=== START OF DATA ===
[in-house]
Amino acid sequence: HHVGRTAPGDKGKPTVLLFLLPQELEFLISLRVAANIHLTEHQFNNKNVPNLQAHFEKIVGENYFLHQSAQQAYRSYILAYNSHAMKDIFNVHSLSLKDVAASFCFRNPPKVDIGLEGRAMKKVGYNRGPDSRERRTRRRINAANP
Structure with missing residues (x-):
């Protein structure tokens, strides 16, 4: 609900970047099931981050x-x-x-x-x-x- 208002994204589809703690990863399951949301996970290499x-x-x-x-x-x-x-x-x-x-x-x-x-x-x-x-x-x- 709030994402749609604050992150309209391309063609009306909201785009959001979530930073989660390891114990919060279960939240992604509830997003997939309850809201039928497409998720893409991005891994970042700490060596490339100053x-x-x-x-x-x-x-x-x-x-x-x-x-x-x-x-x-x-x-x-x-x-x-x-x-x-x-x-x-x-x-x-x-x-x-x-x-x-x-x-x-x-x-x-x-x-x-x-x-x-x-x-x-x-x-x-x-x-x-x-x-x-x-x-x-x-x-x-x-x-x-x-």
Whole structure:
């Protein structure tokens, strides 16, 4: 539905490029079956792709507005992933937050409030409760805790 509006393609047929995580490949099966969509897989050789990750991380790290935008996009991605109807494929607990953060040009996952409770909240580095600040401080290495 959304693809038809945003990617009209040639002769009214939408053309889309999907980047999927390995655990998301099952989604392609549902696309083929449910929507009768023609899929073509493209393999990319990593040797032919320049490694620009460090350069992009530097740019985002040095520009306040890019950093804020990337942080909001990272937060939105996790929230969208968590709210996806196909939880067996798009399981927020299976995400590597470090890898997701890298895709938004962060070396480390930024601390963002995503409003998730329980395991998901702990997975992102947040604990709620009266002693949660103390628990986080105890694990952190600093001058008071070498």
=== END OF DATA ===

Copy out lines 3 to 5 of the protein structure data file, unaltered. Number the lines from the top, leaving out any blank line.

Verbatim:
Structure with missing residues (x-):
């Protein structure tokens, strides 16, 4: 609900970047099931981050x-x-x-x-x-x- 208002994204589809703690990863399951949301996970290499x-x-x-x-x-x-x-x-x-x-x-x-x-x-x-x-x-x- 709030994402749609604050992150309209391309063609009306909201785009959001979530930073989660390891114990919060279960939240992604509830997003997939309850809201039928497409998720893409991005891994970042700490060596490339100053x-x-x-x-x-x-x-x-x-x-x-x-x-x-x-x-x-x-x-x-x-x-x-x-x-x-x-x-x-x-x-x-x-x-x-x-x-x-x-x-x-x-x-x-x-x-x-x-x-x-x-x-x-x-x-x-x-x-x-x-x-x-x-x-x-x-x-x-x-x-x-x-």
Whole structure: